She adds, “The past is the past and as much as you wish for it not to have happened you have to realize you can’t change it. You can’t change the fact that a loved one is gone. Grief is real and you have to honor that, but you can also look for ways to accept happiness into your life. Look for ways to honor that person in some way like creating something as simple as a memorial garden or as complex as a establishing a foundation in their name.”

Choosing to be happy

Last summer Tina was run over by her own car when it slipped out of gear. Her leg was badly damaged and she found herself completely off her feet for 10 weeks. It wasn’t easy. She said, “I made a decision to be happy. I could be miserable or I could make the best of it. It was a choice. I don’t believe we create our experiences but we can choose how we respond and deal with what is thrown at us in life.”

She believes we are all searching for how to be happy consistently. We want to be with people who are happy and she suggests surrounding yourself with positivity. To create that constancy we have to chase away the negative thoughts that permeate our minds. Mindfulness and an awareness of our thought processes helps to do that and we can choose to change how we think.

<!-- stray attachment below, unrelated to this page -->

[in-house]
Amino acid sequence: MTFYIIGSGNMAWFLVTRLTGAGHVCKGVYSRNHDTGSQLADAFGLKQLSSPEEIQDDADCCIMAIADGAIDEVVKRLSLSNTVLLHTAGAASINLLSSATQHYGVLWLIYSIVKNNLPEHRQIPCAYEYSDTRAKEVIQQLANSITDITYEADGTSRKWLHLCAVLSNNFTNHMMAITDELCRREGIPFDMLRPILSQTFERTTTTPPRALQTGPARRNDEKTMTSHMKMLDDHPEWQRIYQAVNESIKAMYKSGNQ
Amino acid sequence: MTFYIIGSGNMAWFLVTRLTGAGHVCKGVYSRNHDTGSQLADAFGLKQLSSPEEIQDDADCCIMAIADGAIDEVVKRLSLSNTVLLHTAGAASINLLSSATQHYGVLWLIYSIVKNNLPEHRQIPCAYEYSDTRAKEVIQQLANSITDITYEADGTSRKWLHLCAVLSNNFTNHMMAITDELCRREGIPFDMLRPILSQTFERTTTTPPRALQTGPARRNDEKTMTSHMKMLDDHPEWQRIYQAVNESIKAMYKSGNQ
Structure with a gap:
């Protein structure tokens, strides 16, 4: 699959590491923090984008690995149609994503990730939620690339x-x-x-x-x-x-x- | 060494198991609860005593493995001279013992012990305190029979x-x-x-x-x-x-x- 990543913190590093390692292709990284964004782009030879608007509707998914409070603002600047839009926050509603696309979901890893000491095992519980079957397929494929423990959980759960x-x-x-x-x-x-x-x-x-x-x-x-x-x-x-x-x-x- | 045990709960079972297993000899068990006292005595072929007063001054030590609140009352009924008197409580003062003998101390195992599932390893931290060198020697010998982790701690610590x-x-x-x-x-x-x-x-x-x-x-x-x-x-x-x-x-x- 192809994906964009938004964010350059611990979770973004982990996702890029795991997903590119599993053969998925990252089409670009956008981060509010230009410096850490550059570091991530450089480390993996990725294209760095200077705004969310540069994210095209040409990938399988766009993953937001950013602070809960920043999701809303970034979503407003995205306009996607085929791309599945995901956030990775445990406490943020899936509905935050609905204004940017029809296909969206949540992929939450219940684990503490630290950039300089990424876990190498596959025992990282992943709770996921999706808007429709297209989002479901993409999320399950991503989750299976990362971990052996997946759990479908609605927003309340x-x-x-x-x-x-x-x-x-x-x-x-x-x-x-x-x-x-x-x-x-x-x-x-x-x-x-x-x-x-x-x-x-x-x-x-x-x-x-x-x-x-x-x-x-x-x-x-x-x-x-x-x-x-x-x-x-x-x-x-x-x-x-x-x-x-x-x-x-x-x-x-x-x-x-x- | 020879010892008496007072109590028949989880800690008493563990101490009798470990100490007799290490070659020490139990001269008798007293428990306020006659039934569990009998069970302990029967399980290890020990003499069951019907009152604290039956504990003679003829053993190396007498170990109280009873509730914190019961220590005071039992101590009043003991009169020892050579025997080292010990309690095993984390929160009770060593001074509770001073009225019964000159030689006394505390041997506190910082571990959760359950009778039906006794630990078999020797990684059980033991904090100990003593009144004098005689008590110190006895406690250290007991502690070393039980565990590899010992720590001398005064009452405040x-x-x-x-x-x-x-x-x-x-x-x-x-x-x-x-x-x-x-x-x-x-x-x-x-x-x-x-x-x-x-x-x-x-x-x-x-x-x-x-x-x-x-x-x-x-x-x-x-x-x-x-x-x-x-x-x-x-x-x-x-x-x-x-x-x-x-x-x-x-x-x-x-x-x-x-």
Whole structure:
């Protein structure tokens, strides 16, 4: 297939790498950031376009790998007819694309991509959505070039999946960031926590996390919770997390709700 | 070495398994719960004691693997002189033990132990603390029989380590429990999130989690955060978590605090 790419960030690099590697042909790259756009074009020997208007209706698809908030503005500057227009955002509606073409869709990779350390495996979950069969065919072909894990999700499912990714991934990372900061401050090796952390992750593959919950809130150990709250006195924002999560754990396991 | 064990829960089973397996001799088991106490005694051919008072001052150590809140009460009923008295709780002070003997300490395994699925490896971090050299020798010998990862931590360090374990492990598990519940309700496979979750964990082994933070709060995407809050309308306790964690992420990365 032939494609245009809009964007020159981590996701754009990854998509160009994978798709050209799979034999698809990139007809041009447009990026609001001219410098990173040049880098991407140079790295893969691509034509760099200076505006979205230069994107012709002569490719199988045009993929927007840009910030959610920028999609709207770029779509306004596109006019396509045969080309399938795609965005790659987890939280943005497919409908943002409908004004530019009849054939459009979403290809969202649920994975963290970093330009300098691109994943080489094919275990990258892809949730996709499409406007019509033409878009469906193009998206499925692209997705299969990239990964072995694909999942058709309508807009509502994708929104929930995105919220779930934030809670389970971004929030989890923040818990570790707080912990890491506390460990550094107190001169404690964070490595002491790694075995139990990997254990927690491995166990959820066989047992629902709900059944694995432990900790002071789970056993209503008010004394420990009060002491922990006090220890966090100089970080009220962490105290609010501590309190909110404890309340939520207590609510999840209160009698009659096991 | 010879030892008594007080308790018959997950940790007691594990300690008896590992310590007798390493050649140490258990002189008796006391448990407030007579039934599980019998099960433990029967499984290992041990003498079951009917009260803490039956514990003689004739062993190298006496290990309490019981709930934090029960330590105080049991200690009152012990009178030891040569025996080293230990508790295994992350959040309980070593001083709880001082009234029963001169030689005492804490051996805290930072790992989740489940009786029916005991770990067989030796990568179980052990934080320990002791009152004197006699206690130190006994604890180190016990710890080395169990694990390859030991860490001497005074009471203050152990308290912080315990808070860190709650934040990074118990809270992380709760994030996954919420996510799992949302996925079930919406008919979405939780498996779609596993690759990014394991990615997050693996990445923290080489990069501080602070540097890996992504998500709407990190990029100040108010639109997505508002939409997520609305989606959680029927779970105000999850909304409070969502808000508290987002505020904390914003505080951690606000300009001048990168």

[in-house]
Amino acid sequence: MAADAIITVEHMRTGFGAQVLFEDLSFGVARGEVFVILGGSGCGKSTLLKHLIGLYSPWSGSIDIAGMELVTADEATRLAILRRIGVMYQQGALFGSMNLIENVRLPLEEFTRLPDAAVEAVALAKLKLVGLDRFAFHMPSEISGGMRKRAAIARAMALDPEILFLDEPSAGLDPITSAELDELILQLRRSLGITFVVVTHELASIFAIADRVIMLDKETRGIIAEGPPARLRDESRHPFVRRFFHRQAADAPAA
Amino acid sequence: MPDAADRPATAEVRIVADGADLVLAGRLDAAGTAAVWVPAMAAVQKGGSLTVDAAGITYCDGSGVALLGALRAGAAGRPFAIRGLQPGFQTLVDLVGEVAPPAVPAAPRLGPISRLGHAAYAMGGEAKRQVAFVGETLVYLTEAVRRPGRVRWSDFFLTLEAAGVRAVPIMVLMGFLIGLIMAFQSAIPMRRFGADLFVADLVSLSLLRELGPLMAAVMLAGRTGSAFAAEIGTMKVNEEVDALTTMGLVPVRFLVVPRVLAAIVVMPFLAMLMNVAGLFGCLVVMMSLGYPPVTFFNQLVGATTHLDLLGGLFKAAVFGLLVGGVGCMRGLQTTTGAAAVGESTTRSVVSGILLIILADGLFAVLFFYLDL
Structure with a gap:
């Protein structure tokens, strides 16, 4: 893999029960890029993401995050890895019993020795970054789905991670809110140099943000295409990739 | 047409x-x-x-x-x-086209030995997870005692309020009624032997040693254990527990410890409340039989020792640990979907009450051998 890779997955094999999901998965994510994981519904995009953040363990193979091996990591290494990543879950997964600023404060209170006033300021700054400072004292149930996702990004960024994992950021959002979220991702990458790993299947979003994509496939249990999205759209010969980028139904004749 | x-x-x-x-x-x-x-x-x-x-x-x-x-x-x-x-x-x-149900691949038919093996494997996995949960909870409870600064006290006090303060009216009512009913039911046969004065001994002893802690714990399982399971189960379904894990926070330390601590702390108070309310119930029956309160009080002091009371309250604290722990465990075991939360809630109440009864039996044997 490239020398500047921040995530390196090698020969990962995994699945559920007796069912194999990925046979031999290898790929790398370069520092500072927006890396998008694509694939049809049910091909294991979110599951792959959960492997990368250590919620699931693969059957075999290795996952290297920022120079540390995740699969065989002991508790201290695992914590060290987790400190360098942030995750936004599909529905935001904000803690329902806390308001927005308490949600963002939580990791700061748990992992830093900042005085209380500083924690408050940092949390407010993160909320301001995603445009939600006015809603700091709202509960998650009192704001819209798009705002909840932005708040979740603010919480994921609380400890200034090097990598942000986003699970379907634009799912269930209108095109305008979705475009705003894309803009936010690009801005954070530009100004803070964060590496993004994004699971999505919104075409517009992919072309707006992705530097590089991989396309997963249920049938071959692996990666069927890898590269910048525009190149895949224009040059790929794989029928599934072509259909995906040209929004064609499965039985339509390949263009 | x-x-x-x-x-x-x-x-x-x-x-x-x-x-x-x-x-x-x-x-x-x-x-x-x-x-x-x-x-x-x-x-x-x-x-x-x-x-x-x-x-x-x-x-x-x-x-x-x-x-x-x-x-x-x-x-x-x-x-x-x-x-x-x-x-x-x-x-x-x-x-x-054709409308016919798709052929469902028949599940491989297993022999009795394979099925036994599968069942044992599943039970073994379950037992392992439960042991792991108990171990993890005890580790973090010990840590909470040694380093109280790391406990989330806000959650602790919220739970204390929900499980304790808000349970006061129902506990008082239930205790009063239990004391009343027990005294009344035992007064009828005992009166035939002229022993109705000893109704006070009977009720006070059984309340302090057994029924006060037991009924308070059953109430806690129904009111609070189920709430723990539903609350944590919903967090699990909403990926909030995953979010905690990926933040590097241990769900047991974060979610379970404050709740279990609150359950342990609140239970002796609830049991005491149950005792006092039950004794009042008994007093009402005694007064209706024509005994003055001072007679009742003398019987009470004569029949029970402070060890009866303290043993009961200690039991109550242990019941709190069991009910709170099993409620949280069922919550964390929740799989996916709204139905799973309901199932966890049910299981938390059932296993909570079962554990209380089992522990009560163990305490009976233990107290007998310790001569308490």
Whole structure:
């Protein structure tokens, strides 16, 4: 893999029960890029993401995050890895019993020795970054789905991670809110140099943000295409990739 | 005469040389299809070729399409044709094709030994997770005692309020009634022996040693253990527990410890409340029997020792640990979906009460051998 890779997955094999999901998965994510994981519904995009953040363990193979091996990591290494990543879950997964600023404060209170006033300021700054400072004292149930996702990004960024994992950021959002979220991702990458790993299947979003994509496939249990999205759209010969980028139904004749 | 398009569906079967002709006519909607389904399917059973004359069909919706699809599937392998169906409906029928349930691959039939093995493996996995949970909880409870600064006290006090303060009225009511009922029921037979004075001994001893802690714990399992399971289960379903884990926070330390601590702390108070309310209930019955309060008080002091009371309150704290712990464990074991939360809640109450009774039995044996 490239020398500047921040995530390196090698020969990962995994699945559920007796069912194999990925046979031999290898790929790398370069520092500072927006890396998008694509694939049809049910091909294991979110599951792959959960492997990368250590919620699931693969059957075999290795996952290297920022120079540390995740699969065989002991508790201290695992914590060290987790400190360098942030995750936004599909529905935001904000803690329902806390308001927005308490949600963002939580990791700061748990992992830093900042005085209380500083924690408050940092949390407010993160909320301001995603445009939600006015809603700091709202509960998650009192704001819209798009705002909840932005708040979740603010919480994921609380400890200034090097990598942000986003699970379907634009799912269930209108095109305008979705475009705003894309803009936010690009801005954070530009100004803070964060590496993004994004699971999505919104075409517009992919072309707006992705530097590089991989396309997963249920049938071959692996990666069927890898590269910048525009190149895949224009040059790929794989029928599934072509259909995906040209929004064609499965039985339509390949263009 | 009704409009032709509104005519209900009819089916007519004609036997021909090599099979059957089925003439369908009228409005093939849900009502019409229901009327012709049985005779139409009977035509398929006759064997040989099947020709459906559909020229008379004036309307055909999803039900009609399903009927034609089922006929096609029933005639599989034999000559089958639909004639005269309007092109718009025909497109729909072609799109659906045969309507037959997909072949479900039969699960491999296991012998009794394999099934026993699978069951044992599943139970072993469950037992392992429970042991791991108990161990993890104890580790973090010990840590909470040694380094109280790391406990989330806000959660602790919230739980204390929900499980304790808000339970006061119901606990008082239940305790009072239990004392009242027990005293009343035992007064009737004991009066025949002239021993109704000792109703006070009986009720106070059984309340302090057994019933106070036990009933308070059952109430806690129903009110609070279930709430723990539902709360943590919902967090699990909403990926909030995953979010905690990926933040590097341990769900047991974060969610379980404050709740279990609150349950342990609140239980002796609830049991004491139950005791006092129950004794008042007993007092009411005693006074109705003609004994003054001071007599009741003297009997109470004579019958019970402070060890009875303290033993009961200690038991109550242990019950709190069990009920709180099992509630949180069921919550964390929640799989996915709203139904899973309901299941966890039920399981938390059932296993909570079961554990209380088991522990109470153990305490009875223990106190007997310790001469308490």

Tina volunteers for a knitting group at an assisted living facility called The Hearth at Tuxis Pond. Helen, one of the knitters in her group, is 103 years old. Helen’s husband died when she was in her late 30’s and she had four children to raise. She’s been through world wars and the depression. Within a few years of losing her husband she was diagnosed with tuberculosis, was institutionalized, and had to farm out her kids to family. She has had breast cancer twice. “She’s gone through a lot in her lifetime,” says Tina. “And she is happy and active. I asked her one time, how she keeps such a great attitude with everything she has gone through. She said, ‘I’ve always known things could always be worse.’” Accessing happiness is about changing perspective.

A Growing Trend